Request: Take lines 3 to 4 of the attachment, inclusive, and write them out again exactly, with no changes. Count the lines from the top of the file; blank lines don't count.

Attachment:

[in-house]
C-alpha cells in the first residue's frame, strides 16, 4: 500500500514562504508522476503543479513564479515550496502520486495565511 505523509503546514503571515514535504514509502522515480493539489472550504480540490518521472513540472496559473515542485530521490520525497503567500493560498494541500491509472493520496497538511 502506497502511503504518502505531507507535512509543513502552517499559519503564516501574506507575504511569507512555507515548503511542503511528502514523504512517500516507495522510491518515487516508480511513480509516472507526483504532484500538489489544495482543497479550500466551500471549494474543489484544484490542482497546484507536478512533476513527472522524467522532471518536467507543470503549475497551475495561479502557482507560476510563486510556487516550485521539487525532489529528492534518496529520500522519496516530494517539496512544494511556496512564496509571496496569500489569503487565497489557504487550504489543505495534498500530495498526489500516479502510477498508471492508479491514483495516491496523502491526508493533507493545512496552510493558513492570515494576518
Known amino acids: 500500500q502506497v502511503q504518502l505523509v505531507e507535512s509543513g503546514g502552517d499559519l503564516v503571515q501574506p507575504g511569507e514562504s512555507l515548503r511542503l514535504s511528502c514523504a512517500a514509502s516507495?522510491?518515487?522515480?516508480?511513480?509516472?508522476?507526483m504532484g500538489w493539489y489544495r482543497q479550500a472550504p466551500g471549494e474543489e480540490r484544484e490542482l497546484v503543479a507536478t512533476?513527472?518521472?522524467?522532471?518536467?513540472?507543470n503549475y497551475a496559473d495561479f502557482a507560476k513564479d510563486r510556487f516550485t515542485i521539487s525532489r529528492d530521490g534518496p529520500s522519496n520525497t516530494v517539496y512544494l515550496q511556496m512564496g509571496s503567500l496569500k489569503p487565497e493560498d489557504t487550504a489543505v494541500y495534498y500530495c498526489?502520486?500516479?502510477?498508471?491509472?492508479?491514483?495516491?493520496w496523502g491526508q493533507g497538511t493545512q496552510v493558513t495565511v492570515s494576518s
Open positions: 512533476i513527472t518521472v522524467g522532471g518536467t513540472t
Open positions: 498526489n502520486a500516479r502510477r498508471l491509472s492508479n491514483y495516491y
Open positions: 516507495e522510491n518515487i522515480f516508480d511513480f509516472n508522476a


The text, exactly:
Known amino acids: 500500500q502506497v502511503q504518502l505523509v505531507e507535512s509543513g503546514g502552517d499559519l503564516v503571515q501574506p507575504g511569507e514562504s512555507l515548503r511542503l514535504s511528502c514523504a512517500a514509502s516507495?522510491?518515487?522515480?516508480?511513480?509516472?508522476?507526483m504532484g500538489w493539489y489544495r482543497q479550500a472550504p466551500g471549494e474543489e480540490r484544484e490542482l497546484v503543479a507536478t512533476?513527472?518521472?522524467?522532471?518536467?513540472?507543470n503549475y497551475a496559473d495561479f502557482a507560476k513564479d510563486r510556487f516550485t515542485i521539487s525532489r529528492d530521490g534518496p529520500s522519496n520525497t516530494v517539496y512544494l515550496q511556496m512564496g509571496s503567500l496569500k489569503p487565497e493560498d489557504t487550504a489543505v494541500y495534498y500530495c498526489?502520486?500516479?502510477?498508471?491509472?492508479?491514483?495516491?493520496w496523502g491526508q493533507g497538511t493545512q496552510v493558513t495565511v492570515s494576518s
Open positions: 512533476i513527472t518521472v522524467g522532471g518536467t513540472t